I always listen to ‘Sunday’ at 7.10 a.m on radio 4 (my aural safety blanket) and usually turn the radio on earlier and listen to a  person herding sheep in the north of England, or dairy farming in the West country. And my rural self makes a brief but fervent appearance – only in my mind of course.  I think ‘Ah that’s the life close to the earth in touch with reality’. And I straighten up from my computer and do a couple of exercises in preparation for my rural being. I feel sentimental about sheep – even though my only experience of them was very smelly indeed and they seemed cumbersome beasts with little charm or sense – I remember not caring for the bullying tactics of the sheep dog either so perhaps I was having bad day.

I know that I have great affection for cows, I once milked by hand four cows every day for over a year when I lived in a community ( NOT a commune  I am sorry to say ) I know cows to be sweet smelling creatures capable of great sorrow when their calves are taken away. Their breath is lovely and I enjoyed mucking them out – all that hosing of slurry was deeply satisfying. So I am not a country virgin.  But that was very many years ago and even then I found the silence of the country spooky and I longed for the sound of police sirens and the throb of a London taxi engine. I also disliked the long walk to the pub and loathed the walk back.

I am  extremely lazy and am not keen on walking for its own sake. Except behind a dog and even then – if I ever get another dog I want one that retrieves stuff that I throw to eliminate most of the walking factor. I used to like walking around London on a Sunday when it was quiet and like a different city, but most of my walks were terminated at a pub and were never excessively long. Yet I hear these people on the radio speaking of walking for miles looking for lost sheep or tramping hills, becoming exultant when they reach the top and look at a view of surpassing beauty and I get envious, I think ‘I could do that’  and even then I know I would be whinging puffing and blowing – or dead! Besides which I like my views to incorporate a couple of pylons, a wind farm or two and preferably a viaduct.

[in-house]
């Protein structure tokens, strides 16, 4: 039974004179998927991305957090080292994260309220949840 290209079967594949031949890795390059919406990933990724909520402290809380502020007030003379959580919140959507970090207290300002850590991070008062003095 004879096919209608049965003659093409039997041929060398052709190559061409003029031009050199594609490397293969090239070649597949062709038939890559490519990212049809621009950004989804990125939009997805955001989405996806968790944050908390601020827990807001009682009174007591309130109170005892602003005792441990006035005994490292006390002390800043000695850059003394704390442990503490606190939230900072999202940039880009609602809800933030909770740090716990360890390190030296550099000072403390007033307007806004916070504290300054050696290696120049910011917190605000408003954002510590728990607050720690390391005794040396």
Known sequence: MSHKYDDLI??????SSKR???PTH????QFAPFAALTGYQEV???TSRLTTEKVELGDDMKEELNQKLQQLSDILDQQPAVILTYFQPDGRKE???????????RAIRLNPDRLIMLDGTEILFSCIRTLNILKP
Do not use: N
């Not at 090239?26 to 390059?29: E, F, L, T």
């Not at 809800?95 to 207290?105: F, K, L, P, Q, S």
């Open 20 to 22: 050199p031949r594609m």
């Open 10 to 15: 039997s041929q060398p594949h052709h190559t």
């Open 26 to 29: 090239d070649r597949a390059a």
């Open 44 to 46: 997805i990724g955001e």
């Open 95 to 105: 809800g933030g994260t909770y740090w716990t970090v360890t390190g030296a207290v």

I prefer the flat and recently went to Dungeness and found the sight of the stonking great power station a wonderful visual contrast to the wild flat land the ever present sea and the dozens of different types of pylons enchanted me. I dread to think how it would have been in these last weeks of storms but I felt closer to the cosmos there than anywhere I have been. Ever (could be the fact that I am closer to death!)

Still I persist in my rural ruminations, I  hear of rolling hills and the greensward –whatever that is and my peasant farmer come out to play with my mind and I conclude that this is a Brit thing. I recently discovered that I am in fact pure British –I had hoped for something –anything, more exotic but have established that I am of neither Russian émigré stock or a Romany, the bastard of an artist in flagrante, or Irish or anything appealing that would excuse my eccentricities. But no, I am one hundred per cent British.

So show me pictures of rural idylls and I will go into paroxysms of sentimental weirdness and believe I could be a goose girl in East Anglia or a shepherd in Yorkshire and be happy. This self delusion does nobody any harm and I accept my folly, indeed I enjoy it! But the thing is: I see evidence of a universal longing for a countryside that probably never existed and would involve discomfort to say the least and I do wonder if other nations have this same peasant longing. Probably not.  I do wonder is every Brit a closet peasant?

As for me: I like to be in range of a shop a pub and people ambling past and studiously ignoring me.

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